A 55 year old lady presents to the Sydney Heel Pain Clinic complaining of Plantar Fasciitis which is causing pain in the heel and arch, of her left foot. She informs the Sports Podiatrist that the pain has been present for approximately 3 months, and seems to coincide with a flare up in her auto-immunity condition. She is under the care of a rheumatologist who has prescribed specific medication for her condition, and up until recently, her inflammatory episodes were under control. She informs the Sports Podiatrist that she has not changed her diet or level of physical activity and hence she is at a loss as to why the Plantar Fasciitis has developed. Her last blood test revealed rheumatoid factor of 45 although her specialist did not label her condition as rheumatoid arthritis.
The heel pain is more noticeable in the mornings when she gets out of bed, or in the middle of the night when she goes to the bathroom. Throughout the day, she feels like she has a pebble in her shoe, under her heel, and at times it feels like a “red hot poker” shooting into the bottom of her foot. She has never seen a Sports Podiatrist before although she feels her feet have not been great for some time. This patient informs the Sports Podiatrist that her Plantar Fasciitis and heel pain is only in the left foot, although she feels that she is dominant on the right side. She usually enjoys her morning walks with the dog but has ceased this activity due to the pain. Occasionally, she is able to push through the heel pain and after a short distance is able to walk quite comfortably. However, of late, this has not been the case and so her rheumatologist modified her medication and referred her to the Sports Podiatrist. She was informed that her symptoms do in fact resemble Plantar Fasciitis and so a physical assessment would be required.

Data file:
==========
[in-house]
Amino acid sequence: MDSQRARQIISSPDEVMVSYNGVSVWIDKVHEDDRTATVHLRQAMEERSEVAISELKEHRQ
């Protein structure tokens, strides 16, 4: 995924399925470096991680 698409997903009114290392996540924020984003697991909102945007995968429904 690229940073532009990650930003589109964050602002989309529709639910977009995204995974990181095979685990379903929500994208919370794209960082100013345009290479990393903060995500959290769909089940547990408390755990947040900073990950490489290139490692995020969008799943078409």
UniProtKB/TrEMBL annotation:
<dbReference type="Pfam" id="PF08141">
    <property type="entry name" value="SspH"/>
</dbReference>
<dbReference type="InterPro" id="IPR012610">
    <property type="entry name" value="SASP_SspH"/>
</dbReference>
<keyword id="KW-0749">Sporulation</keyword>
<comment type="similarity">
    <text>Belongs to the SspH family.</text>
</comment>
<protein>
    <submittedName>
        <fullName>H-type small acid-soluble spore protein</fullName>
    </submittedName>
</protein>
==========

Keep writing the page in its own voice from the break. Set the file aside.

Physical Examination for Plantar Fasciitis
The Sports Podiatrist applied firm pressure along the medial side of the heel bone and observed a jump response from the patient. She confirmed that this pain resembled the heel pain that she felt when she walked in a morning. Distal to the heel, into the arch, there was further pain along the Plantar Fascia which also caused the patient to wince. At the mid point of the arch, the Sports Podiatrist felt a small pea sized lump which was also visible to the naked eye. Interestingly, the nodule did not elicit pain on palpation but was mildly sore when very firm pressure was applied. The patient was informed that these plantar nodules were quite common in people with auto-immunity. They are often observed under Ultra sound as ganglions or fibroma’s. The patient was informed that she did in fact have Plantar Fasciitis and this was causing her heel pain and arch pain.
Bio-Mechanical Assessment by Sports Podiatrist
The Sports Podiatrist requested the patient walk bare foot on a treadmill so that her foot function could be assessed. This was done with bisection lines drawn on the back of the heel bone and tibia. The patient’s walking style was recorded using digital software and was replayed in slow motion. One of the causes of Plantar Fasciitis and other conditions that cause heel pain or arch pain is over-pronation through the sub-talar joints and mid-foot. It was clear from the replay that this patient suffered from severe over-pronation which allowed her feet to collapse under body weight. The Podiatrist explained that this over-pronation puts a great deal of stress on the foot, the Plantar Fascia in particular. Other muscles in the foot and lower leg also work over time, in order to compensate for the weakness in the foot ligaments, and this causes tightness. It was likely that this over-pronation was responsible for the strain on the Plantar Fascia which led to the Plantar Fasciitis and heel pain.